creative writing

Freewriting

So you’ve got the itch to write. You want to tell a story fabricated by your own narrative, interweaving a sense of meaning through the piece with imagery, sense of place and characterisation. It may be intimidating to know where to begin all this. You’ve opened your notebook to a fresh, untainted page, biro in hand. And nothing. Have no fear. There is a simple remedy.

A fresh, untainted page

Controversial opinion: there is no such thing as writers block. Certainly, there are periods where ideas and word don’t seem to roll together and acculumate as easily. But as per my first ground rule (in the previous creative writing post), there is no such thing as bad writing. It is important to write everyday: oil the cogs so to speak. The key is a little thing called ‘freewriting’.

Simply, this is where you just write, pen to paper, non-stop for a set amount of time. Usually I would say 10 to 15 minutes is enough to wet your appetite, but of course keep going if you feel like you are getting somewhere. This may sound intimidating, however it is a highly beneficial and method advocated in many creative writing workshops run by authors of varying forms. Choose a subject to write about: your earliest memory; what you did last week; the weather outside. Get words down on the page and if they don’t come, write ‘nothing’ until they do.

Look around the room. What strikes you?

Not only will this get rid of the scary blank new notebook feeling, it will form the basis of your sense of direction. It sets down the bare bones of something you can build up. For example, when I was writing about my experience of swimming at a young age, I mixed it with another story about a charcter getting drunk for the first time. These culminated into a story about a swimmer competing in a race as she examines her distorted relationship with her coach (which I may publish on here at some point). Think of what you want to write about. Prompts may include:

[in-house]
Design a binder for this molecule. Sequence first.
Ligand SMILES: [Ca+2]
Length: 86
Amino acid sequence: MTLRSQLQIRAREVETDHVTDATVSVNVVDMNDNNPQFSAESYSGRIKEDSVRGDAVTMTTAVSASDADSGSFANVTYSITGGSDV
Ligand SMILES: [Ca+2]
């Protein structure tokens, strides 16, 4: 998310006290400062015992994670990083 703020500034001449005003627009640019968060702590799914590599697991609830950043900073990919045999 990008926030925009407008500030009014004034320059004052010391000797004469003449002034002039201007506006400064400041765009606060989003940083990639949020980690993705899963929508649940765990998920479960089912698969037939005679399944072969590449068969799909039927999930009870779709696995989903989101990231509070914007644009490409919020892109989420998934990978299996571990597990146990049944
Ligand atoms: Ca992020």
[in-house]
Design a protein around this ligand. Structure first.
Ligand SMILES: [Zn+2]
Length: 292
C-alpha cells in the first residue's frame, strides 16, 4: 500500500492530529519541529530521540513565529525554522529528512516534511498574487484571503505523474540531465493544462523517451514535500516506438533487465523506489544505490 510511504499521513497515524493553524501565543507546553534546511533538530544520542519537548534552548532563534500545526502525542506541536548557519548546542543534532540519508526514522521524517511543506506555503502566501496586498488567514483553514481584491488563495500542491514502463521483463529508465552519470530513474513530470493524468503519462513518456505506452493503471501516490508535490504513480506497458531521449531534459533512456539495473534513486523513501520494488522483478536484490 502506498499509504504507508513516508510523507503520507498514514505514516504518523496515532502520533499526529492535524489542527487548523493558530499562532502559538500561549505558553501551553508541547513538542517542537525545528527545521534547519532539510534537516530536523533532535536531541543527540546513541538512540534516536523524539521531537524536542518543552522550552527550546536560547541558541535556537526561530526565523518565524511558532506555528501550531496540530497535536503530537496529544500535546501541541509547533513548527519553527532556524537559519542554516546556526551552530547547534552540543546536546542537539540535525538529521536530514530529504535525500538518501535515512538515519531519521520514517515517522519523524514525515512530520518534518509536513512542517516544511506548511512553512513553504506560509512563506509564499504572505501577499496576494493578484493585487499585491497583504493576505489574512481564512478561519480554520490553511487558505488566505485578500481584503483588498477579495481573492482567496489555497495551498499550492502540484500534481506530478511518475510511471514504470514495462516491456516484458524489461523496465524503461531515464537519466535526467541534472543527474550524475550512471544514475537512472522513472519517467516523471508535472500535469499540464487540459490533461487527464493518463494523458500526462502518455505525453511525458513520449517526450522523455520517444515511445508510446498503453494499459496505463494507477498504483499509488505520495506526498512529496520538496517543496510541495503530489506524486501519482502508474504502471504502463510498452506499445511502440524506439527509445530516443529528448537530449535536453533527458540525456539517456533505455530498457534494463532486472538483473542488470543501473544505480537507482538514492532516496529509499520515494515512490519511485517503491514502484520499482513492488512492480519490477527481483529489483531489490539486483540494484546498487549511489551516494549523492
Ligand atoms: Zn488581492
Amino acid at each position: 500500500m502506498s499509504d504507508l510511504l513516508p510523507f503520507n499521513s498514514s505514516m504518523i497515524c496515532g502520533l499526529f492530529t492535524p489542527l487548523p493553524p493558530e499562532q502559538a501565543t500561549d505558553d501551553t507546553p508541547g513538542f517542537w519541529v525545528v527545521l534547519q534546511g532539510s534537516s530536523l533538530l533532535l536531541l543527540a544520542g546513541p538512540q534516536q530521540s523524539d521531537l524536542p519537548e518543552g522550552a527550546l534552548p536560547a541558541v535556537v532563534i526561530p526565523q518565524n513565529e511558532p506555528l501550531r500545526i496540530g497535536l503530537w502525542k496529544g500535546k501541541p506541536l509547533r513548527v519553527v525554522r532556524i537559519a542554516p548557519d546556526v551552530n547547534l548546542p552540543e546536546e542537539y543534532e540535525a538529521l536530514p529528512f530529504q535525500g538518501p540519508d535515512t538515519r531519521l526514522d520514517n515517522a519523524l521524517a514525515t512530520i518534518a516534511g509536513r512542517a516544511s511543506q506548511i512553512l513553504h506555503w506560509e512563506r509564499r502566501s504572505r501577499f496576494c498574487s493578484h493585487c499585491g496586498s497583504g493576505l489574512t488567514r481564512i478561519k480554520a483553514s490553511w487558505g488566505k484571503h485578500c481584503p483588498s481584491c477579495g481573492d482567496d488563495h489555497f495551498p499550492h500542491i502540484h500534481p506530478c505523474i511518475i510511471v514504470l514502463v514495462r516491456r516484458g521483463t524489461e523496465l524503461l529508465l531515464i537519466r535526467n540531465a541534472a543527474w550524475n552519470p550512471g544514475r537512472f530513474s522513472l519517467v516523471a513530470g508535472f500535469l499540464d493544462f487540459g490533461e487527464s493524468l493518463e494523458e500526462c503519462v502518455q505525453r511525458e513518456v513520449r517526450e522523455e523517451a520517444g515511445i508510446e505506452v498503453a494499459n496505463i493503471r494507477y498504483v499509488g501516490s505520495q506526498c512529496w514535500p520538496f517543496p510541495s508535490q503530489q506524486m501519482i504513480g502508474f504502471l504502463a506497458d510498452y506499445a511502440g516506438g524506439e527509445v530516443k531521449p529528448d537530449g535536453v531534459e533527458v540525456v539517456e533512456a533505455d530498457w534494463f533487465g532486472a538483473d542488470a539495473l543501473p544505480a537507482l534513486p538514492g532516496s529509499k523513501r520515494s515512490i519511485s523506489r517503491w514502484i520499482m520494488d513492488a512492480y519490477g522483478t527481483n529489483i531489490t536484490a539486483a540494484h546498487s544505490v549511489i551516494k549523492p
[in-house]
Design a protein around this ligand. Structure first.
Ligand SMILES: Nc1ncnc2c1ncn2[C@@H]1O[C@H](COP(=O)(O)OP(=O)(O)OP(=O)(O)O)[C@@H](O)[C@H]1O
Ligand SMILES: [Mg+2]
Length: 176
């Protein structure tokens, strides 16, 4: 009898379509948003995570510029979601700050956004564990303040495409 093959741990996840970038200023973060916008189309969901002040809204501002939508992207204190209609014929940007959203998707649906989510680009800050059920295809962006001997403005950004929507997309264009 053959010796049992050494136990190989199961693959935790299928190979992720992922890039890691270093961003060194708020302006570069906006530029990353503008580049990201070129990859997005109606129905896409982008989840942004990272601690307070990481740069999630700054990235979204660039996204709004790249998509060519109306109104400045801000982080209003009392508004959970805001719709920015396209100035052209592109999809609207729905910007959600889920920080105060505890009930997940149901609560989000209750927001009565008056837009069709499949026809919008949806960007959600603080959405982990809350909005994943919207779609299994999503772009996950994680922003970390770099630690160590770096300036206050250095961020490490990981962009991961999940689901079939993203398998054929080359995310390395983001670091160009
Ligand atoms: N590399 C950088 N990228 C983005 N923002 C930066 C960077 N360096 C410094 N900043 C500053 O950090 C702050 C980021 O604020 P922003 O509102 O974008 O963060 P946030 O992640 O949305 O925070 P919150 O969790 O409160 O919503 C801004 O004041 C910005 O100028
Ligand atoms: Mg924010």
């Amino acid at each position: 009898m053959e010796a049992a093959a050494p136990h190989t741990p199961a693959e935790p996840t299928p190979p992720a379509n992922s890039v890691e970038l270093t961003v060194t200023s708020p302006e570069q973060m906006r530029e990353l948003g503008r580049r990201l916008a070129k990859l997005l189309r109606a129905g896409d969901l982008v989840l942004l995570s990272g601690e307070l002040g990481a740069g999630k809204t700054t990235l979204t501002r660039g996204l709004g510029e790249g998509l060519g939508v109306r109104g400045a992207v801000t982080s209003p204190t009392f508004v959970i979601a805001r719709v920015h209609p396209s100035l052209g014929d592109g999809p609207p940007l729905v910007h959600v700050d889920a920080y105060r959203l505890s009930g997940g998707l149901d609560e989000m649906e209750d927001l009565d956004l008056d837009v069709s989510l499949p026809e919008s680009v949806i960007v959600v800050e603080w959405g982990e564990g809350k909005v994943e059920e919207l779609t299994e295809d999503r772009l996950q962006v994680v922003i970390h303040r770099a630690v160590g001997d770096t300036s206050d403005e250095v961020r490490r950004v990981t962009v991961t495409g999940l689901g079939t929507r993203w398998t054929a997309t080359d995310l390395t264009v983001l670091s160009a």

• Your own experiences: the first time you rode a bicycle, baking as a young child, your first relationship. They say ‘write what you know’ and memories are the best way to do this (just be ready for them to change as the writing is reworked later on).
  • Evocative objects: look around the room . What strikes you? Pick it up, how does it felt, what does it smell like, how heavy is it, what would happen if you let go of it? If you are struggling to connect with anything, shoes can be extremely evocative. Where have they been, who might where them, what size are they and what does this indicate about the build of their owner?
  • Opening sentences: a strong opening to a story is crucial in order to capture the reader from the word ‘go’. Here are a few that have been extremely effective for me: ‘The key to hiding your identity is not something I will ever understand’; ‘Why did you bring me to the bloody circus?’; ‘They say the first thing you fall in love with are their eyes, but …’. Use these and come up with a few of your own.

Good luck with your writing, you never know where it will take you!

creative writing

The First Page

Welcome to my first creative writing segment. If you’ve read my first blog post, then you’ll know that through a series of fortune events, I accidentally took a creative writing module this semester: and I cannot recommend creative writing enough.